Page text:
Katie Mack @AstroKatie (a.k.a. Dr Katherine J Mack) astrophysicist/cosmologist, occasional freelance science writer, connoisseur of cosmic catastrophes Sep. 07, 2018 1 min read

In The Hitchhiker's Guide to the Galaxy, Douglas Adams wrote that the trick to flying is to "throw yourself at the ground and miss." It turns out that from a physics viewpoint, this is very nearly correct.

The trick is to actually throw yourself really fast *sideways* such that when you fall, you miss, and keep falling, and keep missing.

Newton drew a picture of this in Principia. Imagine you fire a cannonball so fast that by the time it falls to the ground, it has gone so far that the curvature of the Earth means that the ground is farther away.

If you could fire a cannonball fast enough from the top of an extremely high mountain (and air resistance didn't matter), it would go so far that it would miss the ground entirely, the pull toward the center of the Earth just constantly pulling it around, but never to the ground.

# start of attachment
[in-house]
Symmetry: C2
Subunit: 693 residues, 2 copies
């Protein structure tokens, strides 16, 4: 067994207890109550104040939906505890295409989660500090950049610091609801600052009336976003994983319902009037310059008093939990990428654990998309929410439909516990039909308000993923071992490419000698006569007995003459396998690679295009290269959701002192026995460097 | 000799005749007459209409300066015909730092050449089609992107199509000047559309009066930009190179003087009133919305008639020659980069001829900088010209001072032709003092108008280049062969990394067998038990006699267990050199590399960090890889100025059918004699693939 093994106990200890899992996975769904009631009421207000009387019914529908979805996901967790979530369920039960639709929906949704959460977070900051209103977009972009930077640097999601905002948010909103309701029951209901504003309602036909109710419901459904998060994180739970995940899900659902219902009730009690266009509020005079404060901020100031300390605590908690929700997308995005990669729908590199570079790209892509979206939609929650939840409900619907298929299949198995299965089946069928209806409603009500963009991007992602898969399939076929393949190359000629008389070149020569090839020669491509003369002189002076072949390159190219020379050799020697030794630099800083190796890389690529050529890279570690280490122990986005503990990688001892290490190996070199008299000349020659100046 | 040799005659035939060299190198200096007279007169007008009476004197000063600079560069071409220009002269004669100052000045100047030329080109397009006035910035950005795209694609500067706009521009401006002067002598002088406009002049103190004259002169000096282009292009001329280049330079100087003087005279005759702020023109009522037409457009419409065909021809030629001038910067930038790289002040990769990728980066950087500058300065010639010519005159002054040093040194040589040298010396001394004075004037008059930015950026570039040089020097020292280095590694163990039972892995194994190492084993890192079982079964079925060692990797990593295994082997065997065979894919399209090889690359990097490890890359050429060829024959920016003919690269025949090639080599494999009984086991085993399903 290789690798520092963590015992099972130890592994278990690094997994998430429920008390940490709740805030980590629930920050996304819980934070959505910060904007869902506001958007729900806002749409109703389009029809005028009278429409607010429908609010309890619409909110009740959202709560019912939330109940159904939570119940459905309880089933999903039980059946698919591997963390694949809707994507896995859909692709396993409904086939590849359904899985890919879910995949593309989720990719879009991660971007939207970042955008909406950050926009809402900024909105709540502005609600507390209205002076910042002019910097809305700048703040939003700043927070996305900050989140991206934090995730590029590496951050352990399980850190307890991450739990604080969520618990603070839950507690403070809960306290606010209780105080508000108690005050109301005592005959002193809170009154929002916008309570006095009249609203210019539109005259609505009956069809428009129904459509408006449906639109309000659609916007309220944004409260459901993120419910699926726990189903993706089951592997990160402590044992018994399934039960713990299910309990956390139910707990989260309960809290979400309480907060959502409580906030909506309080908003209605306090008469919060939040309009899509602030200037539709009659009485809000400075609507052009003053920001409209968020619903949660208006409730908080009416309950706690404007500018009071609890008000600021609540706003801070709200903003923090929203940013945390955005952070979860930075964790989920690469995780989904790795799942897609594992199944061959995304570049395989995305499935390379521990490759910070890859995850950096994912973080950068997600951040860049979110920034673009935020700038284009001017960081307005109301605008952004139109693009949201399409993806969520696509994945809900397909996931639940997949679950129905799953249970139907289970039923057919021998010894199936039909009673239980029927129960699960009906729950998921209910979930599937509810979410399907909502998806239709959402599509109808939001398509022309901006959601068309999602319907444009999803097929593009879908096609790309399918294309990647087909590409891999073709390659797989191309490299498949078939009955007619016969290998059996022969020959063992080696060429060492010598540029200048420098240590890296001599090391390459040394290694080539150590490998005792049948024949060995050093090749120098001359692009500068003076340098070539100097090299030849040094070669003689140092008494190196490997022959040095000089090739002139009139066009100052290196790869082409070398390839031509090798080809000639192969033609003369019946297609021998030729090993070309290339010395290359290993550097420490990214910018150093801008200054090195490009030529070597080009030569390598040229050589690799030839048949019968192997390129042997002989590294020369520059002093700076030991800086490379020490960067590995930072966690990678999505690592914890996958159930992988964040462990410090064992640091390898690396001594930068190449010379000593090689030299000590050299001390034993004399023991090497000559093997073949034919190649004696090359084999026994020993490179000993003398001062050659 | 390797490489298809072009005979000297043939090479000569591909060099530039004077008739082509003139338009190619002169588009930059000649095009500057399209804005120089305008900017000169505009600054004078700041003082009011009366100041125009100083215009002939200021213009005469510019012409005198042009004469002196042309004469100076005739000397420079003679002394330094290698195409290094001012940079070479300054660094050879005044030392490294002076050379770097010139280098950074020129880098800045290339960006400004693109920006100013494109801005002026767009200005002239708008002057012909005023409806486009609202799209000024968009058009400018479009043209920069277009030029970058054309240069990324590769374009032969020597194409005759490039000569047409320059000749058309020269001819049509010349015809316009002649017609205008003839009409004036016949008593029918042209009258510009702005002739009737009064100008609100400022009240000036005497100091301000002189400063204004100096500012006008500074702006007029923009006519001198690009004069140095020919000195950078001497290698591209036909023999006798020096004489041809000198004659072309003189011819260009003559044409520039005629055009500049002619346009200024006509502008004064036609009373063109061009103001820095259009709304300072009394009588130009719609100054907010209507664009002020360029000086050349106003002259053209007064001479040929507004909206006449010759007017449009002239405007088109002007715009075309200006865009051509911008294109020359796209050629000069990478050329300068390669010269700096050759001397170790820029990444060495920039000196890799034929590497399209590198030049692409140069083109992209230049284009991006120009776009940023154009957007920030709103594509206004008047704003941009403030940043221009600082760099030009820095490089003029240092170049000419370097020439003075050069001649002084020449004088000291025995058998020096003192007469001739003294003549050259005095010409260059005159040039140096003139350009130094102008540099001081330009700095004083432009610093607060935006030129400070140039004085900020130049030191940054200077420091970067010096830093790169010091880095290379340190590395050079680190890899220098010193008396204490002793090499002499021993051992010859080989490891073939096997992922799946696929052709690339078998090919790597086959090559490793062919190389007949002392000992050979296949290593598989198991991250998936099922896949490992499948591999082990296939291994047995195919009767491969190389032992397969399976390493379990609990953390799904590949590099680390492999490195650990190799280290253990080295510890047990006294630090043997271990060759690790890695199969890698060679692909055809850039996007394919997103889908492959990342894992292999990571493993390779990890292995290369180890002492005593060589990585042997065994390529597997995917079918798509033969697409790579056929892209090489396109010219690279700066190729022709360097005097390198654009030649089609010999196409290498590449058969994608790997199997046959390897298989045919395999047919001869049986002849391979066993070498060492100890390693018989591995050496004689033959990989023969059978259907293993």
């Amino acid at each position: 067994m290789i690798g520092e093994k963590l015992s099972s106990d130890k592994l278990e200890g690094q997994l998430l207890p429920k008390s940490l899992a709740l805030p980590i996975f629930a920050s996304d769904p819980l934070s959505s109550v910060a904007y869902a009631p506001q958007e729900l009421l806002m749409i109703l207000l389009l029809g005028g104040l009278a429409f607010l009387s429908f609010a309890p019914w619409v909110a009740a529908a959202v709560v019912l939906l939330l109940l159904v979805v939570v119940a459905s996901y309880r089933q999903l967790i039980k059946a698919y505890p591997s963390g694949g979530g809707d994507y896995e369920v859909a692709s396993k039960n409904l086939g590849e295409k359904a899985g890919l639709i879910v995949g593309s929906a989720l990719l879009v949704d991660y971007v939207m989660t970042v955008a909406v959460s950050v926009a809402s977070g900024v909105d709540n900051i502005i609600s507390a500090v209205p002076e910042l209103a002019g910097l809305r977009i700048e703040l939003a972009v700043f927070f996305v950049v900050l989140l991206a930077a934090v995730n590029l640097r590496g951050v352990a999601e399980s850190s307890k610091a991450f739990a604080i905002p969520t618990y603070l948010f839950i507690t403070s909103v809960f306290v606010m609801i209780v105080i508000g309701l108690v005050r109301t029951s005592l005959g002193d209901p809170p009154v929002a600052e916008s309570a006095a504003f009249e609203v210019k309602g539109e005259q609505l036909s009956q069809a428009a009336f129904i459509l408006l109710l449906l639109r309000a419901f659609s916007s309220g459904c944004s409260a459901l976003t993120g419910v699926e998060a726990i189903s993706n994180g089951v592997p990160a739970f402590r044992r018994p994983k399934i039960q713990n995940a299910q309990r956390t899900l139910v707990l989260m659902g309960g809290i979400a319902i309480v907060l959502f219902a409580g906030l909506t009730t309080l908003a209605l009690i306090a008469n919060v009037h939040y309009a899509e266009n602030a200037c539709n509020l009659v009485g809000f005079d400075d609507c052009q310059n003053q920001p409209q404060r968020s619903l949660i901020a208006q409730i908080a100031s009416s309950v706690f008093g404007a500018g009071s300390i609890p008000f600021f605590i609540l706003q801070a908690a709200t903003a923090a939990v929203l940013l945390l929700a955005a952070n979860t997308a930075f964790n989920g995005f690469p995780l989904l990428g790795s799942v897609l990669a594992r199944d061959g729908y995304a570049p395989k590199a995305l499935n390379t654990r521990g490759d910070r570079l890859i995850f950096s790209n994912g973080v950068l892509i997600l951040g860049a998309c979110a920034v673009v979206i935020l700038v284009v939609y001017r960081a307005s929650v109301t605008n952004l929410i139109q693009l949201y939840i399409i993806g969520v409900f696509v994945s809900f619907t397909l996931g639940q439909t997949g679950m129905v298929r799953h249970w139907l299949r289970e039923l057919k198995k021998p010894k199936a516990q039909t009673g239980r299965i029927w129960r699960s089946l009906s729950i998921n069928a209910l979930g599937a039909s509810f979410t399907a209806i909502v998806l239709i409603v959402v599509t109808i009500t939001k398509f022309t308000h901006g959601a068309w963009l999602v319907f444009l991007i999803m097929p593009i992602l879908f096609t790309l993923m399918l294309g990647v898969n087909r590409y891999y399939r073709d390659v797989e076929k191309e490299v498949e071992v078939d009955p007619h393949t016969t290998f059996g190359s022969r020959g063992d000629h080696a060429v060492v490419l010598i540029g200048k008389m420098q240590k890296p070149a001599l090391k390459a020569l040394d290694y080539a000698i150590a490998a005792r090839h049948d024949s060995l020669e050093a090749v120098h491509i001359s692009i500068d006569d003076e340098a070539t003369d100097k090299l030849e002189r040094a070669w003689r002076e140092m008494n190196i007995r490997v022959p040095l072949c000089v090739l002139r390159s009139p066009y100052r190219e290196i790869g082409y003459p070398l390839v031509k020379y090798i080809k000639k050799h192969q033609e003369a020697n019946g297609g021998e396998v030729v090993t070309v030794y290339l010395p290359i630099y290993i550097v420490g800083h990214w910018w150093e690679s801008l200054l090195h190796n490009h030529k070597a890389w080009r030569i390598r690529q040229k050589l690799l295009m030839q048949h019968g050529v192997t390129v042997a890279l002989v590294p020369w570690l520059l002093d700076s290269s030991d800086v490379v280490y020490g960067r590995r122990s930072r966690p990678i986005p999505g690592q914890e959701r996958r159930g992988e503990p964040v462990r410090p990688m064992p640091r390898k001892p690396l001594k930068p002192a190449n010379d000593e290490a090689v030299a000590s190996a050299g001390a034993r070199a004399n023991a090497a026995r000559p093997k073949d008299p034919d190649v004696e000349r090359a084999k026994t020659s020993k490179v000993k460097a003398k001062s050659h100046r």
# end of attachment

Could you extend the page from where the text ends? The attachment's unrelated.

Astronauts in orbit around the Earth are not weightless. The gravity there is almost as strong as it is on the surface -- its keeping the space station in orbit. But the astronauts FEEL weightless, because they are falling. Just constantly falling, and missing the ground.

You can follow @AstroKatie.


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